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Kraft prevails in Cracker Barrel fight

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Not coming soon to a grocery store near you: food products from Cracker Barrel Old Country Store restaurants.

The 7th Circuit Court of Appeals on Thursday upheld a District Court injunction won by Kraft Foods, which claimed that allowing the restaurant’s branded hams and other foods to be sold in groceries would confuse consumers familiar with Kraft’s Cracker Barrel-brand cheese and infringe on Kraft’s trademark.

Northfield, Ill.-based Kraft sued the Tennessee-based restaurant chain and won an injunction that was affirmed on appeal in Kraft Foods Group Brands LLC v. Cracker Barrel Old Country Store, Inc., et al., 13-2559. The restaurant is free to sell its branded food items in its establishments, but Kraft has a trademark to defend when both items are sold in the same stores, the 7th Circuit held.

The lawsuit against Cracker Barrel was filed after the restaurant began selling hams under license to a few groceries, but the opinion notes those sales stopped after Kraft sued.

In an opinion complete with pictures of the competing logos and an inconclusive exploration of consumer psychology in trademark cases, Circuit Judge Richard Posner wrote for the unanimous panel that Kraft must prevail. He noted prior court observations that “the average buyer is ‘neither savant nor dolt,’ but is one who ‘lacks special competency with reference to the matter at hand.’”

“Even savvy consumers might be fooled, because they know that producers often vary the appearance of their trademarks,” Posner wrote. Classifying the products as similar low-cost packaged food items, he found that if the restaurant chain prevailed, “similar products with confusingly similar trade names will be sold through the same distribution channel – grocery stores, and often the same grocery stores.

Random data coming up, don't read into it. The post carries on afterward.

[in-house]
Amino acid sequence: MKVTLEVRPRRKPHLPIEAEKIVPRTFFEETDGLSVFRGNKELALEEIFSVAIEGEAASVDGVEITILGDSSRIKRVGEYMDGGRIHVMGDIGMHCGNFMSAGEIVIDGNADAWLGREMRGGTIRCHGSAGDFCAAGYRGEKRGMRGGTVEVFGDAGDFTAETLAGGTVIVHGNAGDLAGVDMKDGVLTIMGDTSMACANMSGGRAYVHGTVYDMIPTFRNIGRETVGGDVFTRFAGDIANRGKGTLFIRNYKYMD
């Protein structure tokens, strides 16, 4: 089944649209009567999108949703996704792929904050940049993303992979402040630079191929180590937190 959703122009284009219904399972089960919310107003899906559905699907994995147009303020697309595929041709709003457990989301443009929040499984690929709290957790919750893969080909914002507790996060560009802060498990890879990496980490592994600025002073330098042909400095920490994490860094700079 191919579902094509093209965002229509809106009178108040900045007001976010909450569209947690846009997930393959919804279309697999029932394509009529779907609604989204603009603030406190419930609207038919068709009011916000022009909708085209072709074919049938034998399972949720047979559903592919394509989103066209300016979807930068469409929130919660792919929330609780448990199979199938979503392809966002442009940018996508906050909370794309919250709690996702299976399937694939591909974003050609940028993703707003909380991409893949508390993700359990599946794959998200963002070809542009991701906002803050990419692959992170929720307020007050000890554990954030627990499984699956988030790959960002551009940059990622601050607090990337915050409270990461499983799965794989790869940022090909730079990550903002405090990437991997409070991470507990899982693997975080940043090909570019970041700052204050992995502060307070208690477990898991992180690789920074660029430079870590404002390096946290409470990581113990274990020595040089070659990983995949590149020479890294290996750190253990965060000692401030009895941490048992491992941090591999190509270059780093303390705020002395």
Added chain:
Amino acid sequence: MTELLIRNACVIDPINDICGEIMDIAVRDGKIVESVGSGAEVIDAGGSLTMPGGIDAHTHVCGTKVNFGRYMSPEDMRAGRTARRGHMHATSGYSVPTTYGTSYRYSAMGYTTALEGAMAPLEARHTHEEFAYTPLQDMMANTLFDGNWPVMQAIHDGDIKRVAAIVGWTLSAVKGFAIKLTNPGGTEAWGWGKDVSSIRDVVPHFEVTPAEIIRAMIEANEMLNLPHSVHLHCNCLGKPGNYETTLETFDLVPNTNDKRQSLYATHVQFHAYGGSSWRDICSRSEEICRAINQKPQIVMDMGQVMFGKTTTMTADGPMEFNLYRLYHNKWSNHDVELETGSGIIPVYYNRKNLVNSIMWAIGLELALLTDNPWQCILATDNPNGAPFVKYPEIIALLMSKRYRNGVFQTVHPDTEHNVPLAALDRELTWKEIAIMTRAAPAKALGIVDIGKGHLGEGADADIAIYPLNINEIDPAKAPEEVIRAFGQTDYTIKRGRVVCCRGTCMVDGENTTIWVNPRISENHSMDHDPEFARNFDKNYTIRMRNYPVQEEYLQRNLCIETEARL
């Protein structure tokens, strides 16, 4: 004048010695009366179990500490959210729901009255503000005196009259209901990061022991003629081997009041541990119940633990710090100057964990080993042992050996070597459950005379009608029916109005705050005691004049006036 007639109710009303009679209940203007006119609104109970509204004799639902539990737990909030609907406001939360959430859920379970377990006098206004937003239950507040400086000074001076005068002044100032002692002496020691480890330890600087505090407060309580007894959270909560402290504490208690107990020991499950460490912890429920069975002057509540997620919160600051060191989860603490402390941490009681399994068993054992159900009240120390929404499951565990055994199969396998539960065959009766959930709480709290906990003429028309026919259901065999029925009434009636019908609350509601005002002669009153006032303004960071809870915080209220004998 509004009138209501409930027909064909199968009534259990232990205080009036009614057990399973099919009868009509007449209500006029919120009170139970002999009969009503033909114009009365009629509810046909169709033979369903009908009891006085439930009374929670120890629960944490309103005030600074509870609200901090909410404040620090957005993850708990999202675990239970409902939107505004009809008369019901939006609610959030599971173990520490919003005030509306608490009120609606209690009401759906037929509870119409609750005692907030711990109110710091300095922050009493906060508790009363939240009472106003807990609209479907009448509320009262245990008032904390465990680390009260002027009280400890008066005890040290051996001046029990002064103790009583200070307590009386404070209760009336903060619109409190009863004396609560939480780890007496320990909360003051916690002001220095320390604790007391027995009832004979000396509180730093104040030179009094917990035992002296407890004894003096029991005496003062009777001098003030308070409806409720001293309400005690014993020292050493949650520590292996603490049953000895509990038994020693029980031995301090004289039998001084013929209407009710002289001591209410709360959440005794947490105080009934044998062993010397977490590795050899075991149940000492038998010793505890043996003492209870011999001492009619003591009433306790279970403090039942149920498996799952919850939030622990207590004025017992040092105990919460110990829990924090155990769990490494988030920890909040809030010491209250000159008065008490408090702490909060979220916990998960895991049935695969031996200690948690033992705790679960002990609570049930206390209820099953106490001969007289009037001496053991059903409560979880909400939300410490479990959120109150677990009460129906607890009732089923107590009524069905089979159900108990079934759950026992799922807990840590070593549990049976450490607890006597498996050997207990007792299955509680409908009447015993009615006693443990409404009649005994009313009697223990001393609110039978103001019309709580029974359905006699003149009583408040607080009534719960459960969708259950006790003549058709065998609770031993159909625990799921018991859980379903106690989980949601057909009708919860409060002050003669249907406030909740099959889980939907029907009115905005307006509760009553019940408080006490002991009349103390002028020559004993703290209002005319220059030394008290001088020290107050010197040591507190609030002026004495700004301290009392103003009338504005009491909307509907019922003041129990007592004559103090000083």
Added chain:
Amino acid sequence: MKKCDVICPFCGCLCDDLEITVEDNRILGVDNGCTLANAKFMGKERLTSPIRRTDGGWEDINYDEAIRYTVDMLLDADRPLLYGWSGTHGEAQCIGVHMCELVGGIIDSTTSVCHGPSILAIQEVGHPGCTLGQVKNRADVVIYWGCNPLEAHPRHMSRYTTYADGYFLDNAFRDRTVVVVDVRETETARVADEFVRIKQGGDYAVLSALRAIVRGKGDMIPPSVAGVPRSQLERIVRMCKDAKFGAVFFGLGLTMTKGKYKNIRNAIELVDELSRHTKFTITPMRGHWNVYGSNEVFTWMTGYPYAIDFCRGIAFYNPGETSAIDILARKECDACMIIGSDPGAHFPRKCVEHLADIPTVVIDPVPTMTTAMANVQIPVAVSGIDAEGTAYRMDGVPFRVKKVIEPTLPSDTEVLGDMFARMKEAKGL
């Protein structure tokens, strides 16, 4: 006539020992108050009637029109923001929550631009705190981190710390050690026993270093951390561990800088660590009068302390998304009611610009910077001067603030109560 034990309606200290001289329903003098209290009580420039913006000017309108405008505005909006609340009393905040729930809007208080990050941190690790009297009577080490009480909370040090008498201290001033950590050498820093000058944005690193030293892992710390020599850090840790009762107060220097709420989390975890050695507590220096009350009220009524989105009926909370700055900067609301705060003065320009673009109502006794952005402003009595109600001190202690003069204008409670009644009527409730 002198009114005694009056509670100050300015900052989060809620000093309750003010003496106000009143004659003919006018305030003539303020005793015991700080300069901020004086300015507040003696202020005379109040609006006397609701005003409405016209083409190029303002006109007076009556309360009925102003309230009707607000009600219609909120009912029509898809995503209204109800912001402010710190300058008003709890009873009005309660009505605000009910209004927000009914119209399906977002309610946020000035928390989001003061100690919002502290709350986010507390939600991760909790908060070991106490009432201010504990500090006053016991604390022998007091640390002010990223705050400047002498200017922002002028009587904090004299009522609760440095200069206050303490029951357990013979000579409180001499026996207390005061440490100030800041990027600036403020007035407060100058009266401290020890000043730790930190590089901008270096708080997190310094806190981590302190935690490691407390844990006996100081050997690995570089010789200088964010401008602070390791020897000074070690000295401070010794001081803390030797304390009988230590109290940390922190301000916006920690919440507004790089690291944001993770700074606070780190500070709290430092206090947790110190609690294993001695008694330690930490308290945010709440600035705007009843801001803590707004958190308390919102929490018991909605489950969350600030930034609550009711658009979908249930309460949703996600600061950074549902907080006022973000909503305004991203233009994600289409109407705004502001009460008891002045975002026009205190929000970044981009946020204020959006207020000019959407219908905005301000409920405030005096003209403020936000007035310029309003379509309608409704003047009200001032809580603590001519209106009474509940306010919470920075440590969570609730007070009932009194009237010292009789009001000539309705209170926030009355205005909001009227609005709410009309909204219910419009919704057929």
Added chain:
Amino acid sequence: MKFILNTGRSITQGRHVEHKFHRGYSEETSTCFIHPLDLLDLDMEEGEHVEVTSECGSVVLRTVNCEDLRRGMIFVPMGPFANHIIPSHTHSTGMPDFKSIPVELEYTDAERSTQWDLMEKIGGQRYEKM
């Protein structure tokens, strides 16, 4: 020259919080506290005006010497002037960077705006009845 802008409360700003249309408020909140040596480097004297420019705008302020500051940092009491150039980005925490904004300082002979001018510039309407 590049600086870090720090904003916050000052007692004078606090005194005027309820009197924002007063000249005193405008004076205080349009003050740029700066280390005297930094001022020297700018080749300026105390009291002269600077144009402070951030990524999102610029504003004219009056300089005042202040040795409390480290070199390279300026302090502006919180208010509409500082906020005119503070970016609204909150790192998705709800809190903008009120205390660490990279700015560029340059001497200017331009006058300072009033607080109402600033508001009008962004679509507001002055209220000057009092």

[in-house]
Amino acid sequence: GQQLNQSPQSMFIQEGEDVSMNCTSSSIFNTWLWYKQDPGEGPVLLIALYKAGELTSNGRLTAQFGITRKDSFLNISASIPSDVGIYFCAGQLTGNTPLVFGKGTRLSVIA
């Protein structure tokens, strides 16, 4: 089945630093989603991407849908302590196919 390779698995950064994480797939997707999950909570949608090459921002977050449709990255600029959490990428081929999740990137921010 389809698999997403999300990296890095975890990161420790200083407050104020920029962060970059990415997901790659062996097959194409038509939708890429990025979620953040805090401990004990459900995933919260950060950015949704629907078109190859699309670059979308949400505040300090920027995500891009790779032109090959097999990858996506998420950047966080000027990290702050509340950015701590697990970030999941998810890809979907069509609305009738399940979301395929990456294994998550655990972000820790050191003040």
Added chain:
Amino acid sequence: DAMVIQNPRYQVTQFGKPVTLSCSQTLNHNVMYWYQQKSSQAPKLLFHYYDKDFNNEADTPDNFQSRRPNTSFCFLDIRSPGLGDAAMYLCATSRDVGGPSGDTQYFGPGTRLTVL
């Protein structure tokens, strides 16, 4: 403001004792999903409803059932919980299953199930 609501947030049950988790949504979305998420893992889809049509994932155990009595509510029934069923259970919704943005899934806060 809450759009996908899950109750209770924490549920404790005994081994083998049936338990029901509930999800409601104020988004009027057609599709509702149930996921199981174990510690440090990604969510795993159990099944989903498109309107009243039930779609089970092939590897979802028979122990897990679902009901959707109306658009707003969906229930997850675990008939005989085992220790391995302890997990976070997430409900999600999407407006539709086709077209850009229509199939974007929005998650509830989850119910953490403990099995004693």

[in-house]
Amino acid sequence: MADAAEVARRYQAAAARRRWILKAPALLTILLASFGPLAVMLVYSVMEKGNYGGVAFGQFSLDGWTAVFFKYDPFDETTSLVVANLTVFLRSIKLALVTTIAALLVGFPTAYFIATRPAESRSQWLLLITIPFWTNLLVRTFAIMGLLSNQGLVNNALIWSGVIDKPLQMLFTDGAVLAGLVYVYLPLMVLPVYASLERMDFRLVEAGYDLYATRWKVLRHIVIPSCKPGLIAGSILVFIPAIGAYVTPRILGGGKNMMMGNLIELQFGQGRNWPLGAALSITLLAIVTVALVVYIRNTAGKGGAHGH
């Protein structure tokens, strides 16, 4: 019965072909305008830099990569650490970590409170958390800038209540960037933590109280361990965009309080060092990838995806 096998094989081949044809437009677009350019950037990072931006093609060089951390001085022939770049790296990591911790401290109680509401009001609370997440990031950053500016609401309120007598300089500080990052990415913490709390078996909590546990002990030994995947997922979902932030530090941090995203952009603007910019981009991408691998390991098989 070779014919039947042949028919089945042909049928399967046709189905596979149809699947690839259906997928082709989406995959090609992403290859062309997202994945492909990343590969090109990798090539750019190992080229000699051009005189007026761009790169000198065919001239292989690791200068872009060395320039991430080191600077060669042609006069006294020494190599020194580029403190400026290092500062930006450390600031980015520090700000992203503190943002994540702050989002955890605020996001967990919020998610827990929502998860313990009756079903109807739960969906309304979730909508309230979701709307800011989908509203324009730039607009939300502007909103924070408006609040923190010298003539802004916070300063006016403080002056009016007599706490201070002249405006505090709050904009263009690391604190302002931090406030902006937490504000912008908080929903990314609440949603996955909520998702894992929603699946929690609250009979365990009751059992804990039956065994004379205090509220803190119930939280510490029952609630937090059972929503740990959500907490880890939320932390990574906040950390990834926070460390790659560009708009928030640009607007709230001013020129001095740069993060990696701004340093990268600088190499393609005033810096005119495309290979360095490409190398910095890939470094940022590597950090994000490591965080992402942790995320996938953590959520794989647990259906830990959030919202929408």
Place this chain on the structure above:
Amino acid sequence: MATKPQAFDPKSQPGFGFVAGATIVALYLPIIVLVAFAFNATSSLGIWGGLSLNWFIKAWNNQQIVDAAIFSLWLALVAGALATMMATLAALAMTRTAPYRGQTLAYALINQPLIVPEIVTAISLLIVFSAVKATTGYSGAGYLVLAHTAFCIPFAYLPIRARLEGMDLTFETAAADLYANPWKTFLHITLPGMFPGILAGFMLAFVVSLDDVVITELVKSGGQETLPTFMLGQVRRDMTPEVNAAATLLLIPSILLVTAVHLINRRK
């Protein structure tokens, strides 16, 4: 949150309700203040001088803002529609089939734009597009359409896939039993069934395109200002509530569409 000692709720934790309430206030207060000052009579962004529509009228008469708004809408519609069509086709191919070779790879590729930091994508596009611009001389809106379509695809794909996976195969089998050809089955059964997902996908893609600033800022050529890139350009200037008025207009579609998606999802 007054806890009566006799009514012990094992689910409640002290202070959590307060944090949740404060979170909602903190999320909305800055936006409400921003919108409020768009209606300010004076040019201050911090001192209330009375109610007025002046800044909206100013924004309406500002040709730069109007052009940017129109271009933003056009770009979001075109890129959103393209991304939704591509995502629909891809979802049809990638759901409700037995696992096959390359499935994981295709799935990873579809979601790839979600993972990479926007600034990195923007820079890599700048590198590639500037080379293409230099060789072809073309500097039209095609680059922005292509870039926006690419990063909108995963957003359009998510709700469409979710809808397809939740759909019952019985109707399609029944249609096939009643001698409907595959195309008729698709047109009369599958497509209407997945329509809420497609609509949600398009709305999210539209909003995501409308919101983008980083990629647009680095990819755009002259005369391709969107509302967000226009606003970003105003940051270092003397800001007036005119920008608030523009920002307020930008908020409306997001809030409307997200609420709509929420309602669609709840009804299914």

“Such similarities and overlap would increase the likelihood of consumer confusion detrimental to Kraft,” the court held.

Cracker Barrel operates more than 620 restaurants – including 29 in Indiana – and Kraft’s Cracker Barrel cheese is sold in thousands of grocery stores.

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  3. in a lawyer discipline case Judge Brown, now removed, was presiding over a hearing about a lawyer accused of the supposedly heinous ethical violation of saying the words "Illegal immigrant." (IN re Barker) http://www.in.gov/judiciary/files/order-discipline-2013-55S00-1008-DI-429.pdf .... I wonder if when we compare the egregious violations of due process by Judge Brown, to her chiding of another lawyer for politically incorrectness, if there are any conclusions to be drawn about what kind of person, what kind of judge, what kind of apparatchik, is busy implementing the agenda of political correctness and making off-limits legit advocacy about an adverse party in a suit whose illegal alien status is relevant? I am just asking the question, the reader can make own conclsuion. Oh wait-- did I use the wrong adjective-- let me rephrase that, um undocumented alien?

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